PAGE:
First Polypill trial in people selected on age alone (50 and over) shows substantial health benefit
Results of a randomised trial carried out by academics at Queen Mary, University of London and published in the journal PLoS One  show that a four-component Polypill given to people aged 50 and over to reduce their risk of heart attack and stroke, the most common causes of death worldwide, achieved large reductions in blood cholesterol and blood pressure, the main causes of these two diseases.
The research was conducted at the Wolfson Institute of Preventive Medicine at Barts and The London School of Medicine & Dentistry, part of Queen Mary, University of London. The results observed in the trials had been accurately predicted in an earlier paper published in the British Medical Journal before any Polypill had been made .
The Polypill, a tri-layered tablet, contains three blood pressure lowering medicines and a statin for lowering cholesterol. This was given to people without a history of cardiovascular disease aged 50 or more. They experienced a 12 percent reduction in blood pressure and a 39 percent reduction in LDL cholesterol (the ‘harmful’ cholesterol), achieving levels typical of people aged 20 years.
“The health implications of our results are large. If people took the Polypill from age 50, an estimated 28 percent would benefit by avoiding or delaying a heart attack or stroke during their lifetime; on average, those who benefit would gain 11 years of life without a heart attack or stroke,” said Dr David Wald, principal investigator of the trial.
The study was a randomised placebo-controlled cross-over trial in which each person took the Polypill for three months and a placebo (dummy pill) for three months, in random sequence. The cross-over design and the high adherence to treatment among the participants meant that the trial produced highly accurate and reliable results with each person acting as his or her own control.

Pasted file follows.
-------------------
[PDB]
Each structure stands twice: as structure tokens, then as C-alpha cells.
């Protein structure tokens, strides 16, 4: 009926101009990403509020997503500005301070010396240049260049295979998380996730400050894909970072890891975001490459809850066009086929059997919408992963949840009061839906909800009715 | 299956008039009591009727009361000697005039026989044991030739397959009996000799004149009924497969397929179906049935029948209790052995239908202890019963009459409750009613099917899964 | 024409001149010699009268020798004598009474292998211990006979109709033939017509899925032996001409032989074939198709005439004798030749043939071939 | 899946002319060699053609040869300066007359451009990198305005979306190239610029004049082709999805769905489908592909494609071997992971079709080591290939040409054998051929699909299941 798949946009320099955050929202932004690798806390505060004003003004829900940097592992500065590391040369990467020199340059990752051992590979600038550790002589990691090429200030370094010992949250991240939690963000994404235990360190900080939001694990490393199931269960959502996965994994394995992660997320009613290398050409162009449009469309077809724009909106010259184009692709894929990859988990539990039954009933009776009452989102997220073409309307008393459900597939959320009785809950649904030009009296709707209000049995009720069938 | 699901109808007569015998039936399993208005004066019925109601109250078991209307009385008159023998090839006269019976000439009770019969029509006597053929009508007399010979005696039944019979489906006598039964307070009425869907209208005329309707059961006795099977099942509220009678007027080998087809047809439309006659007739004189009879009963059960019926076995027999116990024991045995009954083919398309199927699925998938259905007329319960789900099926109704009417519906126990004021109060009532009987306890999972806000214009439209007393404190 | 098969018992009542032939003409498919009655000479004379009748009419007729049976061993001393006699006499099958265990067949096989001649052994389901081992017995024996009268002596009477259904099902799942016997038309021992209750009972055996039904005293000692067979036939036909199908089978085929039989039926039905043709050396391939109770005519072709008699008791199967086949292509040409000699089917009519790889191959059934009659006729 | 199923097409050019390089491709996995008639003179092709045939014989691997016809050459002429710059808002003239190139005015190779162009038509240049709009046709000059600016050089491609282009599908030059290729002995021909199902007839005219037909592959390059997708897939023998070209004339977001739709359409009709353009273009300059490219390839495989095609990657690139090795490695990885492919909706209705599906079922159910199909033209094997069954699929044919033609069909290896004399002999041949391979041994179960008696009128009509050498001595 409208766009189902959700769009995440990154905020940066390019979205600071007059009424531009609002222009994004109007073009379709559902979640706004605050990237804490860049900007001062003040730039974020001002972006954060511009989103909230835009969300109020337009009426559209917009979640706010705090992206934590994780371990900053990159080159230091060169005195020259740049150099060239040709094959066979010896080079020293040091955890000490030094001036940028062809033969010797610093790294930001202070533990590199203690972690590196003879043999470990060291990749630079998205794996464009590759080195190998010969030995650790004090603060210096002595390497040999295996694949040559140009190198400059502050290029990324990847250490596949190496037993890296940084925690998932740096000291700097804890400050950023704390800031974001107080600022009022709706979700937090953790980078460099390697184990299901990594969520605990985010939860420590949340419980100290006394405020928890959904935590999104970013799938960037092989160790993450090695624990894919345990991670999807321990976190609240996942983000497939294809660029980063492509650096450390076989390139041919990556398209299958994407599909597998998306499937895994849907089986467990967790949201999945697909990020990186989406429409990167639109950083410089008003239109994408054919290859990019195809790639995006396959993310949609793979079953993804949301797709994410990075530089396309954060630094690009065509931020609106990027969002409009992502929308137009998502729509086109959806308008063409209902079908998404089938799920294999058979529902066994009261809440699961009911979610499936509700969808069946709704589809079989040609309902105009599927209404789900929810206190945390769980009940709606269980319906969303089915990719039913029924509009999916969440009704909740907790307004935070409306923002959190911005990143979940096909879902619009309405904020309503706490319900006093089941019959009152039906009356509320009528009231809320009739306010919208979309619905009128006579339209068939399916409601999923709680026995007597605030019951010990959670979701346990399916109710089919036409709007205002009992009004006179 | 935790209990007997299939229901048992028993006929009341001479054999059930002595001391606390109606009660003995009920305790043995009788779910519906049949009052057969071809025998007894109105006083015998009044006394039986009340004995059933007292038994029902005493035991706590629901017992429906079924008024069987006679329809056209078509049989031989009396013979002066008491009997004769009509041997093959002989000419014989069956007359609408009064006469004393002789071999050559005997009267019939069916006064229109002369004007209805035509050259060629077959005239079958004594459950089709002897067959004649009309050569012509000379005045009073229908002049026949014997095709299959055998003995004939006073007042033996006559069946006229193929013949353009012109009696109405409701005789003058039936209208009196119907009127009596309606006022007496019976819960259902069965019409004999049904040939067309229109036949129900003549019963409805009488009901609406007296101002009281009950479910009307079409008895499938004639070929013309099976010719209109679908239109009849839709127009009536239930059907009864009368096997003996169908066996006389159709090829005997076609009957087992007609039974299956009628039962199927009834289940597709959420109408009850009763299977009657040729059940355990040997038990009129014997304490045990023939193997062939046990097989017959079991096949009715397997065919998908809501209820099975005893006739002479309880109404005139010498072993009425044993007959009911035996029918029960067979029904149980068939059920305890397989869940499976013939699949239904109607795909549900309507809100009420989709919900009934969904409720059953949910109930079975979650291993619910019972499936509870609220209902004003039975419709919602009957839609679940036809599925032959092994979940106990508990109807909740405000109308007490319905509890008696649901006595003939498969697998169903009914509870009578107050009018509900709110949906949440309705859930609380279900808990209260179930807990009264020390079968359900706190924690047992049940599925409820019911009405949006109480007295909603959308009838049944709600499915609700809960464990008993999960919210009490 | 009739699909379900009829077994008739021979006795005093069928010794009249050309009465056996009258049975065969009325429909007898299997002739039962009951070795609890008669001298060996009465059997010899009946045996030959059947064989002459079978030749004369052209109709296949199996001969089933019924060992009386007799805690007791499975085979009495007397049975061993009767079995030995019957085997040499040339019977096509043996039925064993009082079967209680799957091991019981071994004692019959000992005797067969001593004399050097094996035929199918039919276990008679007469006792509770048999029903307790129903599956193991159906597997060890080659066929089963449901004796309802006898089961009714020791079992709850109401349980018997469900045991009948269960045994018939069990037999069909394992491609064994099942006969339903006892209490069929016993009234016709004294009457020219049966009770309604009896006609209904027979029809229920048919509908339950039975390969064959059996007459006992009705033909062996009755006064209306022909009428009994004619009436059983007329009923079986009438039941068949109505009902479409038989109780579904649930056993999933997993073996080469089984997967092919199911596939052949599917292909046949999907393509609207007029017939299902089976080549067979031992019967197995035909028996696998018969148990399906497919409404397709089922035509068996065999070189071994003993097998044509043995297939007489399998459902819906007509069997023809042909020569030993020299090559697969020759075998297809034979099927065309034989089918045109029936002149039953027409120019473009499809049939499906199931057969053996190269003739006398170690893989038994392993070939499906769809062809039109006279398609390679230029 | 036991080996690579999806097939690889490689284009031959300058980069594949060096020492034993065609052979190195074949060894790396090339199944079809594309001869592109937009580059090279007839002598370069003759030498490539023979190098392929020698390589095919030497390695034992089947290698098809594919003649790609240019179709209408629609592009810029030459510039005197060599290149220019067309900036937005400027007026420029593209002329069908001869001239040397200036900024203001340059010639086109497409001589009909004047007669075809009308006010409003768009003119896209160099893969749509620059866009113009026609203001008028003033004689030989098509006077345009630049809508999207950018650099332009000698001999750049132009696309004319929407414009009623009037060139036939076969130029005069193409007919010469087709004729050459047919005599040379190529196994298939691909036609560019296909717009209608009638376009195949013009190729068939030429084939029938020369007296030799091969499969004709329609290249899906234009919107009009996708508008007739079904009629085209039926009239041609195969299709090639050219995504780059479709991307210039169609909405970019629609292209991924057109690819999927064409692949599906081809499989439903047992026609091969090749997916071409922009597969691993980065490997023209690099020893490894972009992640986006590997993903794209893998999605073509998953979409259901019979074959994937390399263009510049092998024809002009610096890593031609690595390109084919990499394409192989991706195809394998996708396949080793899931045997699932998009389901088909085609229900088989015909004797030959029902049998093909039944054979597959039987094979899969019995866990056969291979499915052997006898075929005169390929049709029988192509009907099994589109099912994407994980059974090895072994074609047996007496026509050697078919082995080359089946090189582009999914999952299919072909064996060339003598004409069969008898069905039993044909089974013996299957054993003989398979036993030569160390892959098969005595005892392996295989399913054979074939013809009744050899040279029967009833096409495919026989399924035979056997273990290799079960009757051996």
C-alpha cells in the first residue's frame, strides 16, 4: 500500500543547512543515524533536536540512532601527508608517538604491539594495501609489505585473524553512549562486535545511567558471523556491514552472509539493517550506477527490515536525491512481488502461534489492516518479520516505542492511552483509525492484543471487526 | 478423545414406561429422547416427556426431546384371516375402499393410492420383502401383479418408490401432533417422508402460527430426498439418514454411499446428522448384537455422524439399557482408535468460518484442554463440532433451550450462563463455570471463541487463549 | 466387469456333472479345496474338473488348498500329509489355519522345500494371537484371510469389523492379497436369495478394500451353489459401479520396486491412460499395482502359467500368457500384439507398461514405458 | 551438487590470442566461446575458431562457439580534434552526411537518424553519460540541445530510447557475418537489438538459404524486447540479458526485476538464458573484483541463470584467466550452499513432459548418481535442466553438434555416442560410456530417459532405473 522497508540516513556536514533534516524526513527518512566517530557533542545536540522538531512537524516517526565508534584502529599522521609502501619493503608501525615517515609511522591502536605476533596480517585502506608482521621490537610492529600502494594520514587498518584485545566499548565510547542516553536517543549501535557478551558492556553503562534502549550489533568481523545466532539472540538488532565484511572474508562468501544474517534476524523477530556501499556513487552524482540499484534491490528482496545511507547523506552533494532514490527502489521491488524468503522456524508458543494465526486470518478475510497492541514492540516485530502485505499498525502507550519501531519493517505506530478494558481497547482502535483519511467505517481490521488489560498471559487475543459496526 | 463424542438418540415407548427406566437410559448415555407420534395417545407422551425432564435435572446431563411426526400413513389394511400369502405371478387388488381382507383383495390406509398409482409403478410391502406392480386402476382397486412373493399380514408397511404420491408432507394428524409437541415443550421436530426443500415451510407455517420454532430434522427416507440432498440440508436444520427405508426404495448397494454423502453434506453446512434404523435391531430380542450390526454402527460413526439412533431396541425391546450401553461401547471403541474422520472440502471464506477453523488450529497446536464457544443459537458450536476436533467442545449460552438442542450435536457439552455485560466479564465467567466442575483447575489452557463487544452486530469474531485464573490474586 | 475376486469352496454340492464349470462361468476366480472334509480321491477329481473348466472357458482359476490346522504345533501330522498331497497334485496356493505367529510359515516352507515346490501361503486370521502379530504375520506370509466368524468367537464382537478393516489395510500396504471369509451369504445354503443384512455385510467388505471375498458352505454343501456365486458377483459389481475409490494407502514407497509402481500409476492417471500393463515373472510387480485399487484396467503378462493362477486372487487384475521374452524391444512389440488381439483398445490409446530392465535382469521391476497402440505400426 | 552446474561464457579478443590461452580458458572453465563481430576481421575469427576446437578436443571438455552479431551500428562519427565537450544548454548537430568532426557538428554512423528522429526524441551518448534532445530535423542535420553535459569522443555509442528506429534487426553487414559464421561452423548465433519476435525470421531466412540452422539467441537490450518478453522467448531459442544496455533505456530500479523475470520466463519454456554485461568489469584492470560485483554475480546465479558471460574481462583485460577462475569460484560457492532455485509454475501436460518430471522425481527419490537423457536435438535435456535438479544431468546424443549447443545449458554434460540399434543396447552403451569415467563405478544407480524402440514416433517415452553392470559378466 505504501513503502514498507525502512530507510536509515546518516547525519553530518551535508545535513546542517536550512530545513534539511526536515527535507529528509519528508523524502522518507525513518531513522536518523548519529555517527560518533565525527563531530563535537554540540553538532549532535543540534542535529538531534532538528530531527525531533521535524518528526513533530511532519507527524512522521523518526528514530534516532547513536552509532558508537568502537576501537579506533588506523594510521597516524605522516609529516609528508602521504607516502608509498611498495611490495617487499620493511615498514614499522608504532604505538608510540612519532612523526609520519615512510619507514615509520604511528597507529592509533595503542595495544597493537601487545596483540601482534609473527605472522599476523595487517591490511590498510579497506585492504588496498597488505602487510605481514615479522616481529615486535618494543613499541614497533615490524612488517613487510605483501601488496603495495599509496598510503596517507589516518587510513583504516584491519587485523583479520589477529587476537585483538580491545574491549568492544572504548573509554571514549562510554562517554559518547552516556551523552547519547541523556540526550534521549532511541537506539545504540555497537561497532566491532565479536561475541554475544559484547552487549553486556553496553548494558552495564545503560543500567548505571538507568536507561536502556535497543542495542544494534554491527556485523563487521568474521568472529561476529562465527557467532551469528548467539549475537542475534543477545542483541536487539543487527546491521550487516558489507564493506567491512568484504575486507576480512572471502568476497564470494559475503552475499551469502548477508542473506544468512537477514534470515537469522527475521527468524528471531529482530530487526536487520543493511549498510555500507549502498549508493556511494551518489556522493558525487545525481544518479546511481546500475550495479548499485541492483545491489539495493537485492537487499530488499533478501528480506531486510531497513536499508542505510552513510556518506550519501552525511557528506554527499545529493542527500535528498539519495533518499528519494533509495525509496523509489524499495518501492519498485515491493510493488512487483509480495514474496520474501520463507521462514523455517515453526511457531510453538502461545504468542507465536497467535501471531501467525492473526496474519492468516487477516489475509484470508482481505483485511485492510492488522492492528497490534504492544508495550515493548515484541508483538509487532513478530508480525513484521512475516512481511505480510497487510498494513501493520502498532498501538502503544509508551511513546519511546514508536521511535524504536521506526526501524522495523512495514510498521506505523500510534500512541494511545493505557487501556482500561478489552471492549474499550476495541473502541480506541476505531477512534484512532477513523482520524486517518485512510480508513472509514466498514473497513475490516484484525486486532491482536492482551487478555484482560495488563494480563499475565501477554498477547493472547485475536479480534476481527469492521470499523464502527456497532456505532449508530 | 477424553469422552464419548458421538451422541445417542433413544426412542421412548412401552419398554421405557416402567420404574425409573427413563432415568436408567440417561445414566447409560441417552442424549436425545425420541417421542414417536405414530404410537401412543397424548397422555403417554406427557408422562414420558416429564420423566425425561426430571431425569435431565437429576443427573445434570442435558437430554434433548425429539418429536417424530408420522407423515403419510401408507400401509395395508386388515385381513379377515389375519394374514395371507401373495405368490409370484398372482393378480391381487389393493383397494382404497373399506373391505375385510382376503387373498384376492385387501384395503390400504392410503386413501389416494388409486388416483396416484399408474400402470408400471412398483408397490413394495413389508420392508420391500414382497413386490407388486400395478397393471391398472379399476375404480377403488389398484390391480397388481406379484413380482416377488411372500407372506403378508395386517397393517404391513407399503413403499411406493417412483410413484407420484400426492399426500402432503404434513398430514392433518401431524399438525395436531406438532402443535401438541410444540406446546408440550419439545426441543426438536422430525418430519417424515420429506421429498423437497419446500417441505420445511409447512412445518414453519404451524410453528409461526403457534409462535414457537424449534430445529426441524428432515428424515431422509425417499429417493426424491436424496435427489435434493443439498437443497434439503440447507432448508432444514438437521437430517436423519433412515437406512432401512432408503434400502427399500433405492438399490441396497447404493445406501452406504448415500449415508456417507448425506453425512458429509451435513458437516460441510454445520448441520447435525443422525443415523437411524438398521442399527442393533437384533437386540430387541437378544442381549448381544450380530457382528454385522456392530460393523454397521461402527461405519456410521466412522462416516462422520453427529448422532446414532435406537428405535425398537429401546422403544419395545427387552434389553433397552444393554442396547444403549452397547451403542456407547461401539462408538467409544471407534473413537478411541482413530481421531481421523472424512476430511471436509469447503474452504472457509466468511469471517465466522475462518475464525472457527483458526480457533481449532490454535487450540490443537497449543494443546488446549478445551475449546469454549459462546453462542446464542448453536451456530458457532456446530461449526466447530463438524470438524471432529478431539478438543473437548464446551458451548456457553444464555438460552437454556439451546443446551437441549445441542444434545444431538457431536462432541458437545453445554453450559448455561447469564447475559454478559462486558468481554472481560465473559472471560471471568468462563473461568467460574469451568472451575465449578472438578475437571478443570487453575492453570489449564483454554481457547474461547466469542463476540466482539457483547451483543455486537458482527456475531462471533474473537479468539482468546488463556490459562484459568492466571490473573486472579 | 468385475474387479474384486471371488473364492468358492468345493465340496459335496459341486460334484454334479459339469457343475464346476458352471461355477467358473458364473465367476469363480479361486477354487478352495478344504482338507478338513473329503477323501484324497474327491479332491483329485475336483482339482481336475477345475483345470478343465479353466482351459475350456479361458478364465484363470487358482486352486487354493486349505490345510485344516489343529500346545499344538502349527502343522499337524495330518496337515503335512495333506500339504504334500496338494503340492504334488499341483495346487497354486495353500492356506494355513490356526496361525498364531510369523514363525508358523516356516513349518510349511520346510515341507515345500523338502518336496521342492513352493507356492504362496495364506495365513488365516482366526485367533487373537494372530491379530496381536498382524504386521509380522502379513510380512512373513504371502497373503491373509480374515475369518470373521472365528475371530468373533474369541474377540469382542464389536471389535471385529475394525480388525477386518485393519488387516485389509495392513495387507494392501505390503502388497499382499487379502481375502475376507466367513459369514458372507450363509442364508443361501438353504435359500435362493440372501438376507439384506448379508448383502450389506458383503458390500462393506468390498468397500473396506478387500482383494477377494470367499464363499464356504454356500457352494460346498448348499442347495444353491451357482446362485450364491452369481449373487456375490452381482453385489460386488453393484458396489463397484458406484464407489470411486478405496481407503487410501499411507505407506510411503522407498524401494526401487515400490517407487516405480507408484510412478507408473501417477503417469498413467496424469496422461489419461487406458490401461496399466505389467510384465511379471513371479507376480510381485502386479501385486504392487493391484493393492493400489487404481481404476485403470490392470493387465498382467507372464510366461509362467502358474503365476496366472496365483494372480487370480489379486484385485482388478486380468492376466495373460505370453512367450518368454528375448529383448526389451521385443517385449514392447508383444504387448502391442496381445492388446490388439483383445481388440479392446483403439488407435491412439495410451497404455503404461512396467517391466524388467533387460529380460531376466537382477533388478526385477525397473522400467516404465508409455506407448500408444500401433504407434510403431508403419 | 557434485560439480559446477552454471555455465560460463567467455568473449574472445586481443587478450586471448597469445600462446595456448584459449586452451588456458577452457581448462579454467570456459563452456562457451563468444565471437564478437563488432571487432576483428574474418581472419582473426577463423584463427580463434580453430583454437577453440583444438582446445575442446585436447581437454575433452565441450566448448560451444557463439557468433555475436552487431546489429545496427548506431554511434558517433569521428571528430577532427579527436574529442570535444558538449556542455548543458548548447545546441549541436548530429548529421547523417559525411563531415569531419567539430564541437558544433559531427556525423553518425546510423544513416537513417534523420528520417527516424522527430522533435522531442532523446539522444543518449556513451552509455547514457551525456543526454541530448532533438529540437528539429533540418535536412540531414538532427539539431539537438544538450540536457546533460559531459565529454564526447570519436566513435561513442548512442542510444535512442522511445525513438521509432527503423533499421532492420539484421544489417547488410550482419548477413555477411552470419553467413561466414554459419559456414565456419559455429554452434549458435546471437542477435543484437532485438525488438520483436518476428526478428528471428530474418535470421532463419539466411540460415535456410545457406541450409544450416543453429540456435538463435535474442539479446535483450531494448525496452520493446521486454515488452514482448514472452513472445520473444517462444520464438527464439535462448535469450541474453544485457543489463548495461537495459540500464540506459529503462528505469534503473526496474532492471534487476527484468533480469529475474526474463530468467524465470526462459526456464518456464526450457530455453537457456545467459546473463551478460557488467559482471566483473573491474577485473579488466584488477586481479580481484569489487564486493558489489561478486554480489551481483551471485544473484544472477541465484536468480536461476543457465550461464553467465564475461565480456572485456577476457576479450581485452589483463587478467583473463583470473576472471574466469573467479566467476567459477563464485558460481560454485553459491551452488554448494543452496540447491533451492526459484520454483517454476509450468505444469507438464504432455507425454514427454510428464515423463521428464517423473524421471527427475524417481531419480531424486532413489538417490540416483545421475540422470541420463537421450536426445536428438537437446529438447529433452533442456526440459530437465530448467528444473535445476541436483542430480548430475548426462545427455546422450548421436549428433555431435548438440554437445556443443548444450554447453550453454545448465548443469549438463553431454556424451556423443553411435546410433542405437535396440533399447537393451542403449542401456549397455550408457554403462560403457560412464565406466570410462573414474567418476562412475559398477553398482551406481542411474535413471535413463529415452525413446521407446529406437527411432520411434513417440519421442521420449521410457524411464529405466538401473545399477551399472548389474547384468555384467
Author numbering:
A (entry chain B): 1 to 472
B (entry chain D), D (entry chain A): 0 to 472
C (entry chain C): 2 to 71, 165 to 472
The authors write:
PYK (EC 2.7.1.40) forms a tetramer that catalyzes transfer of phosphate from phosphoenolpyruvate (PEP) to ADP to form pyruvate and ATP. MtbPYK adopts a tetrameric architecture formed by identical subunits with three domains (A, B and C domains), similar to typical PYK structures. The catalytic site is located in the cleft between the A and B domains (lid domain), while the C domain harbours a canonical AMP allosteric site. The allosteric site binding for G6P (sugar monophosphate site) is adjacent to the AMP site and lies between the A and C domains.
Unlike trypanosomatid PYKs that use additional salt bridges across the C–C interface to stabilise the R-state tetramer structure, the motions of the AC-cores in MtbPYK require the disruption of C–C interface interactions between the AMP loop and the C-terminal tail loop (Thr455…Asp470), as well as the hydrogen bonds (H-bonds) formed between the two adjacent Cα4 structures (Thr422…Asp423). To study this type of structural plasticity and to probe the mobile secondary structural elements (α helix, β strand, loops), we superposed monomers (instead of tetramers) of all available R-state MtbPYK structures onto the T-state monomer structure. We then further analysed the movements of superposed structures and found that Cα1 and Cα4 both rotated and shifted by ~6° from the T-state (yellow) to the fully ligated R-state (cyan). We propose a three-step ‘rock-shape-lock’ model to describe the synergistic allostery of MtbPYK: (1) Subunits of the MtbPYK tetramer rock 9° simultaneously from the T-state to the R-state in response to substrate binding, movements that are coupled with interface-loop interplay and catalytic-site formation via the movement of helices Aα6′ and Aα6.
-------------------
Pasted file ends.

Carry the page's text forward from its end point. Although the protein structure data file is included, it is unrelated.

This is the first trial in people selected on the basis of age alone without the need for a medical examination or tests – setting the scene for the prevention of first heart attacks and strokes in the general population without requiring a medical examination or special tests.
Dr Wald said: “Our trial shows that the predicted effects of the Polypill can be achieved in practice. The expected impact on preventing what is now the world’s leading cause of death is large – about a two-thirds reduction in heart attacks and strokes.”
Professor David Taylor, Professor of Pharmaceutical and Public Health Policy at University College London, and a participant in the trial, said: “The Polypill concept is a major public health advance. This study shows that it works. The Polypill should be made generally available as a matter of urgency. I welcome the opportunity to substantially cut my risk of having a stroke or heart attack without the disempowering fuss and bother usually required to obtain preventive medicines.”
The inventor of the Polypill, Professor Sir Nicholas Wald, Director of the Wolfson Institute of Preventive Medicine at Queen Mary, University of London, said: “We now need public, professional and regulatory support to make the Polypill available without delay; the net benefits are too large to ignore – even if only 50 percent of people aged 50 or more took the Polypill, about 94,000 fatal or non-fatal heart attacks and strokes would be prevented each year in the UK.”
 Wald NJ, Law MR. A strategy to reduce cardiovascular disease by more than 80%. BMJ 2003;326:1419-24
For media information, contact:Joel Winston
Faculty Communications Manager (Medicine and Dentistry)